Japan's Emergency Medicine Sector Post-Fukushima

Rhodalene Benjamin-Addy
February 6, 2019

Submitted as coursework for PH241, Stanford University, Winter 2018

JAAM's Role During the Fukushima Accident

Fig. 1: Building Damage at Fukushima. (Source: Wikimedia Commons)

Nuclear power plants have a certain responsibility to make sure the safety of their workers are on top of the priority list considering the volatile material and exposure from radiation that they experience on a daily. More importantly, there has to be a system in place when an accident does occur and because of the damaging nature of nuclear energy, the response of medical professionals has to be quick. The most important factor is communication between different entities that are working together to provide the quickest evacuation (Fig. 1) and care for people exposed. The Japanese Association for Acute medicine (JAAM) where able to integrate themselves into the larger cohort of the Japanese emergency system. They added 49 specialists that directed physicians to treat 261 patients that had multiple injuries. Only 8 patients were actually exposed to external/internal contamination and they all did not develop acute radiation syndrome. The rest of the patients where observed for further tests and did not develop the syndrome as well. [1]

Effects on the Japanese Emergency Medicine Sector

Speaking to the earthquake incident that happened at the Fukushima Daiichi Nuclear Power plant, in 2016, the plant had goals for healthcare measures that they hoped to implement into their company which included medical examinations, checking each workers conditions before the start of each work day for symptoms, and think about employees that have preexisting heart diseases and providing them preservation care. The effectivity of immediate physicians and post treatment was taken into consideration following this accident. [1]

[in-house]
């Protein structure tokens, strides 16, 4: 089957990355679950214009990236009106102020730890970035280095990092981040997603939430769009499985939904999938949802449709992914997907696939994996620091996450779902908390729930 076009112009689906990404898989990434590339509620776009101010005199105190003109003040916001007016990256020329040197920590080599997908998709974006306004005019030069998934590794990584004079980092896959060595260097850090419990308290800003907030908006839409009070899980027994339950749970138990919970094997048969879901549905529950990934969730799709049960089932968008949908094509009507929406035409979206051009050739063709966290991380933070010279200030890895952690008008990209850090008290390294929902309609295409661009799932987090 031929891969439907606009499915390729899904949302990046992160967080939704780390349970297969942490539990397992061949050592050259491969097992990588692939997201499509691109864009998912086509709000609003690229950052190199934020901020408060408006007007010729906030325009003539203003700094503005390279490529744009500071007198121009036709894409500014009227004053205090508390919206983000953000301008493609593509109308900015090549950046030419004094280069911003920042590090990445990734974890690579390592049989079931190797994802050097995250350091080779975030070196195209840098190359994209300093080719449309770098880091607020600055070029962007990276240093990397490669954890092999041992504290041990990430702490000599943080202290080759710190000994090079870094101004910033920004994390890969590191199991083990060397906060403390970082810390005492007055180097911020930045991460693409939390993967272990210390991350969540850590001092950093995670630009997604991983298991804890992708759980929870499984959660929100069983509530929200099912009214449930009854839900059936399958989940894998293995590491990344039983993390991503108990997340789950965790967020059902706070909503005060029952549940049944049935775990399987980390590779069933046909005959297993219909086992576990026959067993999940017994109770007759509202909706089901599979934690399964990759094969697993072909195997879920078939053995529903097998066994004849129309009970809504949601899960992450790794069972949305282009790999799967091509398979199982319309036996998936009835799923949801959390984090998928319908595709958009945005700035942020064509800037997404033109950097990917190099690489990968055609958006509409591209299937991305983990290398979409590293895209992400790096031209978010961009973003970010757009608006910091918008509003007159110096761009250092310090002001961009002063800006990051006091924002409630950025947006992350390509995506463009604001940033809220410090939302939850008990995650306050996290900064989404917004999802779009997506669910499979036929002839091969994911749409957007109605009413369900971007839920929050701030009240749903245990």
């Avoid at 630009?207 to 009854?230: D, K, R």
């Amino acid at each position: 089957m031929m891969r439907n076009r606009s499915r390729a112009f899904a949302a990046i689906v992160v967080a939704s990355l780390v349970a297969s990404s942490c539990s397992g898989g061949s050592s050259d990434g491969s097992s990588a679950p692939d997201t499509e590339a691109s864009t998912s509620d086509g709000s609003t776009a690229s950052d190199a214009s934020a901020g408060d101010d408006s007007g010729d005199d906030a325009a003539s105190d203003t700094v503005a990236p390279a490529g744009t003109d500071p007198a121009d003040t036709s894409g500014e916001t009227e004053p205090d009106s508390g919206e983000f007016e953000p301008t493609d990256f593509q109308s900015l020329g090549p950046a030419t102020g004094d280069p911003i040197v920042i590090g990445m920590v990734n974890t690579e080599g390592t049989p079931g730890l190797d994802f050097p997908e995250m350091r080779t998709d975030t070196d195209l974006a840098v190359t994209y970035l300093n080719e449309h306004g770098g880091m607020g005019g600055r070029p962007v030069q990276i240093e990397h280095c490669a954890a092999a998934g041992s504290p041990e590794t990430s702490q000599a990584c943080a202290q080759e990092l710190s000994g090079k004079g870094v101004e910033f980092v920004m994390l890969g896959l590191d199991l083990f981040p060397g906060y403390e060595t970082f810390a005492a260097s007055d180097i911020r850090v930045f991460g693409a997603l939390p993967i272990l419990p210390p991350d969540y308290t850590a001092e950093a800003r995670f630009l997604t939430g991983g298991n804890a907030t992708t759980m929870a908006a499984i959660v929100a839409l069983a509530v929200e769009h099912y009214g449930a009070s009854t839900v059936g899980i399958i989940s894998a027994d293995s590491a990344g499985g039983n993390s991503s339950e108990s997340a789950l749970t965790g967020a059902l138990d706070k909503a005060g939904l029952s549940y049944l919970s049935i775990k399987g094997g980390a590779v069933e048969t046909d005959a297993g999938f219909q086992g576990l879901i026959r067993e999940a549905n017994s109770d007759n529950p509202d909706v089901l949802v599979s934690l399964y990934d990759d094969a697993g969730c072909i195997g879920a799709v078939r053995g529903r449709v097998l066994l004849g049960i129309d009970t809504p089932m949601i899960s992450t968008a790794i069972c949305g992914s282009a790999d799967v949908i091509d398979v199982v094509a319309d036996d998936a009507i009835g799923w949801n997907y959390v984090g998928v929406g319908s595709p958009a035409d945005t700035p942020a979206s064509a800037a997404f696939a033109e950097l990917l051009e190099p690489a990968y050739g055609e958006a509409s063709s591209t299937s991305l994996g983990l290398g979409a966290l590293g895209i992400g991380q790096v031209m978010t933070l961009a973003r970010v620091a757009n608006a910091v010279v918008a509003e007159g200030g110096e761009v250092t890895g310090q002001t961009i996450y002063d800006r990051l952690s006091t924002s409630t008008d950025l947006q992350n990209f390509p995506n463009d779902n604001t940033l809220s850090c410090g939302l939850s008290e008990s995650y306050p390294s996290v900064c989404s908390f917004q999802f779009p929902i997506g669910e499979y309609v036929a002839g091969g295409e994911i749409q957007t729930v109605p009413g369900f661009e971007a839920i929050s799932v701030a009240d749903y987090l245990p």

Learned Emergency Care Information Post-Fukishima

The lessons learned from the Fukishima Accident was that there needs to be more government assistance in providing first line physicians, designation of roles between the fire department and medical facilities and conduct emergency drills for preparation on refinement of methodology, development of a base that is at a safe distance from the plant and a way of creating a tent where care can happen, and providing provisions such as food and water during these times. [2] Because of the effects of Fukishima, the Japanese government have had to think about how there will be better systems in place for communication and availability of infrastructure near the plants. The next questions on healthcare access are how much companies around the world are investing in preventative healthcare for the workers. The Labor department is unclear in terms of why there is issue with sick workers getting compensated with some . There is argument that contractors are being profited at the expense of the ensured safety of the workers. [3] The next steps is to figure out better strategies for provide higher quality and fair healthcare access to these worker.

© Rhodalene Benjamin-Addy. The author warrants that the work is the author's own and that Stanford University provided no input other than typesetting and referencing guidelines. The author grants permission to copy, distribute and display this work in unaltered form, with attribution to the author, for noncommercial purposes only. All other rights, including commercial rights, are reserved to the author.


[1] N. Morimura et al., "Emergency/Disaster Medical Support in the Restoration Project for the Fukushima Nuclear Power Plant Accident," Emerg. Med. J. 30, 997 (2013).

[2] S. Yasui, "Lessons Learned: Medical and Health Care Management for Emergency Workers at the TEPCO Fukushima Daiichi APP Accident.," J. Occup. Environ. Hyg. 11, D49 (2014).

[3] P. Cary, P. Malone, and R. J. Smith, "These Workers' Lives Are Endangered While Contractors Running Nuclear Weapons Plants Make Millions," USA Today, 26 Jun 17.